Monday, July 31, 2006

HR 4157: Health Information Technology Promotion Act of 2006

HR 4157, the Health Information Technology Promotion Act of 2006, was passed by the House on July 27, 2006. The bill promotes the use of health information technology to improve the safety and quality of the nation’s healthcare system.

Important to those groups, including West Virginia, looking at the barriers to health information technology adoption under the RTI funded Health Information Security & Privacy Collaborative (HISPC) is language requiring DHHS to study the impact of variation between state security and confidentiality laws and federal security andconfidentiality standards.

The legislation requires DHHS to report back to Congress within eighteen months whether “there is a need for greater commonality of the requirements of State security and confidentiality laws and current Federal security and confidentiality standards to better protect, strengthen, or otherwise improve the secure, confidential, and timely exchange of health information among States, the Federal government, and public and private entities.”

Also, the legislation calls for statutory exceptions in the Stark law (federal physician self-referral) and safe harbors to the Anti-Kickback Statute that would allow hospitals to supply physicians with HIT software and hardware used for the electronic exchange of clinical health information. Also, the bill requires adoption of International Classification Diseases (ICD)-10 codes sets by October 1, 2010.

The summary (as introduced) reads as follows:


Health Information Technology Promotion Act of 2005 - Amends the Public Health Service Act to add a new title II part D (Health Information Technology).

Establishes within the Department of Health and Human Services an Office of the National Coordinator for Health Information Technology.

Directs the National Coordinator to: (1) maintain, direct, and oversee the continuous improvement of a strategic plan to guide the nationwide implementation of interoperable health information in both the public and private health care sectors; and (2) serve as the coordinator of federal government activities relating to health information technology.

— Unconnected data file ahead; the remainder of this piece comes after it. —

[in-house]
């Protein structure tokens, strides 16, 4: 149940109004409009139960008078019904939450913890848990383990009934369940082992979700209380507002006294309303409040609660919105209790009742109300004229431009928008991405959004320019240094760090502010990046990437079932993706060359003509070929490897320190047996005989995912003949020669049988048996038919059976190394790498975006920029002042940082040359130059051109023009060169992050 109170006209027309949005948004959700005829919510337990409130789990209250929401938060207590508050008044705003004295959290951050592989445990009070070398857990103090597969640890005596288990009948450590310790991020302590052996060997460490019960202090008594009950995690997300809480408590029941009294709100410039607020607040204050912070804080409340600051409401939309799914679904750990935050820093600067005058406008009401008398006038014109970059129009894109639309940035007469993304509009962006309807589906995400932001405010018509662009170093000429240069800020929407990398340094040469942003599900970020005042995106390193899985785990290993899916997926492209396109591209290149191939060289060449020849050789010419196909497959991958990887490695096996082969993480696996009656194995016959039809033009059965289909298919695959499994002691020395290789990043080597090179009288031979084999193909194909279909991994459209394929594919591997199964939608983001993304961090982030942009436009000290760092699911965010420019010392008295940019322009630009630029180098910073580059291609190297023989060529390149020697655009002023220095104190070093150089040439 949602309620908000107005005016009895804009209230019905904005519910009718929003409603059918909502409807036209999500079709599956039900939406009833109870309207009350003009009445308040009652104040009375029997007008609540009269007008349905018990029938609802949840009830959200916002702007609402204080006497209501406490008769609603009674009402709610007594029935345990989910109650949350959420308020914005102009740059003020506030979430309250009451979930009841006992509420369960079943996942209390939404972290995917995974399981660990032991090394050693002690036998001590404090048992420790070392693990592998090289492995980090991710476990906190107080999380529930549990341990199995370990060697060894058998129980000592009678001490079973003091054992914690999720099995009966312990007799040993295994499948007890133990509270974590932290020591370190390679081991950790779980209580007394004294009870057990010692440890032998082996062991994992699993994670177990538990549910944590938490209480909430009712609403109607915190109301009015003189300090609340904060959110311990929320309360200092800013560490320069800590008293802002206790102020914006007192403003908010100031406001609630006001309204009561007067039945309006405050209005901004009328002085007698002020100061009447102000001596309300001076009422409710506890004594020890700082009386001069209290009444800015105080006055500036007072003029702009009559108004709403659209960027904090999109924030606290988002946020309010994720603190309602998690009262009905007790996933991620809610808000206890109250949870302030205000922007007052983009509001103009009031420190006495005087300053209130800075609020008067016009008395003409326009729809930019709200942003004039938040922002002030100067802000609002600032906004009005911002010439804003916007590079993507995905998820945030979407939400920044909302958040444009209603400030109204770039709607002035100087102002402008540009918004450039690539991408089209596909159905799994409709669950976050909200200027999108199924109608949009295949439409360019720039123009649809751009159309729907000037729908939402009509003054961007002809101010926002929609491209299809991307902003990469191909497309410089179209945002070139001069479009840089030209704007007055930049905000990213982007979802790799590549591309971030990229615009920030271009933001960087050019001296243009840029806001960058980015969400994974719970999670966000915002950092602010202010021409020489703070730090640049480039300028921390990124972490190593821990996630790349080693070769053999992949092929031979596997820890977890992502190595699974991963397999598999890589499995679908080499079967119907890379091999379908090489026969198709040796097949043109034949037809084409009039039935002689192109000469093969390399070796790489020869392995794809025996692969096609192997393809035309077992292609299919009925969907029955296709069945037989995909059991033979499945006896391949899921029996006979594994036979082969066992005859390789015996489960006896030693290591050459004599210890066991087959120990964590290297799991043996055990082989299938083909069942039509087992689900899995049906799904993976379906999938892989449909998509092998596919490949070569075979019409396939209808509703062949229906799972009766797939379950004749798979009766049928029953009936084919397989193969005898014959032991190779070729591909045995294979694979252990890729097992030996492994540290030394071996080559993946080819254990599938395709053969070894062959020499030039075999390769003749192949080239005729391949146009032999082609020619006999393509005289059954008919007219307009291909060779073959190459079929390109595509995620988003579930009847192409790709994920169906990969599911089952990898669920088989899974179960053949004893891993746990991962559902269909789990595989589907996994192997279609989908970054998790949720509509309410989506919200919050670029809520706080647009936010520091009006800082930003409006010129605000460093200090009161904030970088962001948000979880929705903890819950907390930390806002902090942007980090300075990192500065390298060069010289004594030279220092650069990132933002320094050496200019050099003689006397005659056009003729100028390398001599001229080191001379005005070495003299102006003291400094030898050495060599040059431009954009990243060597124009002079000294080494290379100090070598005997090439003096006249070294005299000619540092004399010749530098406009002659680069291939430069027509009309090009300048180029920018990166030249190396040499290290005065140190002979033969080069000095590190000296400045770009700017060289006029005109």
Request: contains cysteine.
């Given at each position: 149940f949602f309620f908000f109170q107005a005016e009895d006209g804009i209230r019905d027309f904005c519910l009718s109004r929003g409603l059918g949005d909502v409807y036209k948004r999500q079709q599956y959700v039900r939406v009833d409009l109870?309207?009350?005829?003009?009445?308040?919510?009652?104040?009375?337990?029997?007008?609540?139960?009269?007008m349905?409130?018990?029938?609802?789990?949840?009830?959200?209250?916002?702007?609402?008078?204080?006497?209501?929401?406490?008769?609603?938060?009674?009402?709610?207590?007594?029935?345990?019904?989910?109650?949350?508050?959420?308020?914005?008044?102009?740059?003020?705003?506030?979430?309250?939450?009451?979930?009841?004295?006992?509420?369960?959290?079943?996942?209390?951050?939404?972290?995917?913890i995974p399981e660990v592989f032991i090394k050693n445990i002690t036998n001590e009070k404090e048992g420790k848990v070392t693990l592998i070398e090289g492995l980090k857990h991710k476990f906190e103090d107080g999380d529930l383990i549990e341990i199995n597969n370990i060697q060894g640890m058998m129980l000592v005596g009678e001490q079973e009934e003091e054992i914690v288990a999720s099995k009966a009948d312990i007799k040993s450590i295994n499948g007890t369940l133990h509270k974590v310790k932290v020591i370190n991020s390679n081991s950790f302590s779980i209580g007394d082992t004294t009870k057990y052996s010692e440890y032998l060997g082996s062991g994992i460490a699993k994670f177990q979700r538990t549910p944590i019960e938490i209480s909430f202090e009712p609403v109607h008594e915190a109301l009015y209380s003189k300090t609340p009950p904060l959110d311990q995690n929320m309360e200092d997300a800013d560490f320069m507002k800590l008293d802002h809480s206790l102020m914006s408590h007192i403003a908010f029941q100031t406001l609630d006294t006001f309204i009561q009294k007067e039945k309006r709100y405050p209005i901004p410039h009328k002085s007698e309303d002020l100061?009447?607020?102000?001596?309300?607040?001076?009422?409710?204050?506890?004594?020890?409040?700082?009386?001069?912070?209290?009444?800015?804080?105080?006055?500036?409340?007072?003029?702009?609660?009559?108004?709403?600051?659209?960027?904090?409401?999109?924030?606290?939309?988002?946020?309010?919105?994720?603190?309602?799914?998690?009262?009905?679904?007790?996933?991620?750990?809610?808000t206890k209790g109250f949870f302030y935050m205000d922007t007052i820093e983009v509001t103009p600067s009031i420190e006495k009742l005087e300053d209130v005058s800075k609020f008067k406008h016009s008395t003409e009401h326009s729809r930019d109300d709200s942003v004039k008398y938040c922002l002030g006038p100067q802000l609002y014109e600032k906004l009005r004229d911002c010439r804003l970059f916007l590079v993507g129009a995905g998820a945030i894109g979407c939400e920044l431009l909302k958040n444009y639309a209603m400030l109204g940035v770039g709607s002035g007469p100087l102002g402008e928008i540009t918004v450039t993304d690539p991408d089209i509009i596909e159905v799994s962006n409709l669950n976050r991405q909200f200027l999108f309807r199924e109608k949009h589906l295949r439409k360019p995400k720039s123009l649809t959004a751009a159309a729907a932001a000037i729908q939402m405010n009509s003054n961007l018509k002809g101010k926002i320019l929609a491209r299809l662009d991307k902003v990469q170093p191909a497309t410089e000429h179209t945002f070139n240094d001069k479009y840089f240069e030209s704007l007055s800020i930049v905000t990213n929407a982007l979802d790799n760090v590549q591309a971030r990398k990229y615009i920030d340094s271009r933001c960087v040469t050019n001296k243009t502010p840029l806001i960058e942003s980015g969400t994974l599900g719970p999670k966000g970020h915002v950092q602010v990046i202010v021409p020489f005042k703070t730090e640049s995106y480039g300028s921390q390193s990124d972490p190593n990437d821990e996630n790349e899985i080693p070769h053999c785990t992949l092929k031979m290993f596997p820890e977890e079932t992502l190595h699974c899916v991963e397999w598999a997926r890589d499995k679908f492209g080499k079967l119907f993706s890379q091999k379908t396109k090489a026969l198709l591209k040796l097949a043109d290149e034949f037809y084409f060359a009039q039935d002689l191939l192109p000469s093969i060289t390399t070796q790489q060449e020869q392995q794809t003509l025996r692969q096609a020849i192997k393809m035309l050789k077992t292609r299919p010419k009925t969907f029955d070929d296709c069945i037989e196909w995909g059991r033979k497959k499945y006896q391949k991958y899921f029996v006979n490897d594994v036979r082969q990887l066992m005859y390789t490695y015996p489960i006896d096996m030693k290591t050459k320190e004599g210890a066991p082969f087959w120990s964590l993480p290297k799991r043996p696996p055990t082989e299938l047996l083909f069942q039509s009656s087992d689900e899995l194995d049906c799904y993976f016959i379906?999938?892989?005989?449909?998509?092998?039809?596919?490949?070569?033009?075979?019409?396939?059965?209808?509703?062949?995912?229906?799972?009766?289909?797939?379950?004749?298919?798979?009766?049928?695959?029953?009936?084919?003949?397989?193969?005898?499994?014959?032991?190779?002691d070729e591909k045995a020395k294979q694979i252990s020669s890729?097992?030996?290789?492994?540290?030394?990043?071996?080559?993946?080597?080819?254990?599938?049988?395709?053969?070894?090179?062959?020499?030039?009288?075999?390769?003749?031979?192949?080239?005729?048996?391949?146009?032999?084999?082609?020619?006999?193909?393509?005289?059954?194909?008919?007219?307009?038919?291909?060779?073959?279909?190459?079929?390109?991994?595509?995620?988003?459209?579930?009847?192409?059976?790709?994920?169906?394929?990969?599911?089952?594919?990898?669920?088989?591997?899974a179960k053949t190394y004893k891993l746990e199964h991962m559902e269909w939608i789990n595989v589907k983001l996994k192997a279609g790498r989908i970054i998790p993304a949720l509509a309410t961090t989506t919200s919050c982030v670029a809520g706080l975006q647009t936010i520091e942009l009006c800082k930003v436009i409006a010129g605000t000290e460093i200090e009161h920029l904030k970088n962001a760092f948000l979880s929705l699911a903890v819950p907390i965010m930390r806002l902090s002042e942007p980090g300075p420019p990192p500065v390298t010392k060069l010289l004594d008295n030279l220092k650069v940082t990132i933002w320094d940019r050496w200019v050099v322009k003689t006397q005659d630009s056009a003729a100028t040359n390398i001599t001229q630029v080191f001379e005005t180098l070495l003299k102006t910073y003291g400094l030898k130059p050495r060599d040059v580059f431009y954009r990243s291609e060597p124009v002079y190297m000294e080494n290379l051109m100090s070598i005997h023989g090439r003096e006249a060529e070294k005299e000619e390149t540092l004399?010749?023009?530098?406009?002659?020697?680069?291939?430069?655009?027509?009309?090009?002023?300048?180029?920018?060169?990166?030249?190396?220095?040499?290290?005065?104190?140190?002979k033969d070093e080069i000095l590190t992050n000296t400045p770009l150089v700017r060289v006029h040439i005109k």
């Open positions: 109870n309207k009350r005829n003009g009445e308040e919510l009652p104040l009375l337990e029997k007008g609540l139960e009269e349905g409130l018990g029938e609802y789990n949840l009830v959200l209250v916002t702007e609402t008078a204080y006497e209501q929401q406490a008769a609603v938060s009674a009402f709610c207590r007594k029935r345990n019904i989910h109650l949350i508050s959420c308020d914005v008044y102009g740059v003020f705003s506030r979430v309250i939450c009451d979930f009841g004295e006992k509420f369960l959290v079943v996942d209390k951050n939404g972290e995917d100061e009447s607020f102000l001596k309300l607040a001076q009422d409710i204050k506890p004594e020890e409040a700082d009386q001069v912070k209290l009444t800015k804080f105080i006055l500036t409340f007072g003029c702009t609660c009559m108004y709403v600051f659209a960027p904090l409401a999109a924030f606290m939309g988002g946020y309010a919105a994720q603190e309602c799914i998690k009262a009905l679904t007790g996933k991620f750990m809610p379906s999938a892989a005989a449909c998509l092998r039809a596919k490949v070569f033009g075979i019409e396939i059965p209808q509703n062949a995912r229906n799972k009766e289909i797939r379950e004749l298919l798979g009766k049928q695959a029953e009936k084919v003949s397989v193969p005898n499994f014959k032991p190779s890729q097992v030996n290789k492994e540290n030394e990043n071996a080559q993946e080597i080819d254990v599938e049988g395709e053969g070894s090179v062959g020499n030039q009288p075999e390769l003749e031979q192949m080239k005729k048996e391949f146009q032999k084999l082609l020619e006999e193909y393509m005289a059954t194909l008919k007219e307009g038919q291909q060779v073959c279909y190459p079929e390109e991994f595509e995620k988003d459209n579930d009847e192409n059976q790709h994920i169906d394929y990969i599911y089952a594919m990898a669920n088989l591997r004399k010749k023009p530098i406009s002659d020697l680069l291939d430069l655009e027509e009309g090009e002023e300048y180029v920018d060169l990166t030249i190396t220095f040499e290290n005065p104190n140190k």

Prescribes conditions under which any nonmonetary remuneration (in the form of health information technology and related training services) made by a hospital or a critical access hospital to a physician shall not be considered a prohibited payment (subject to civil and criminal penalties) made as an inducement to reduce or limit services to certain individuals.

Directs the Secretary of Health and Human Services to study and report to Congress on whether pertinent state laws and current federal standards should be conformed to create a single set of national standards to preserve and protect the security and confidentality of patient health information.

Amends SSA title XI to provide for establishment of uniform confidentality and security standards with respect to individually identifiiable patient health information.

Directs the Secretary to: (1) promulgate a final rule for upgrading specified Accredited Standards Committee X12 (ASC X12) and National Council For Prescription Drug Programs (NCPDP) Telecommunications standards and International Statistical Classification of Diseases and Related Health Problems, 9th revision, Clinical Modification (ICD-9-CM) codes; and (2) develop a strategic plan related to the need for coordination in the area of health information technology.

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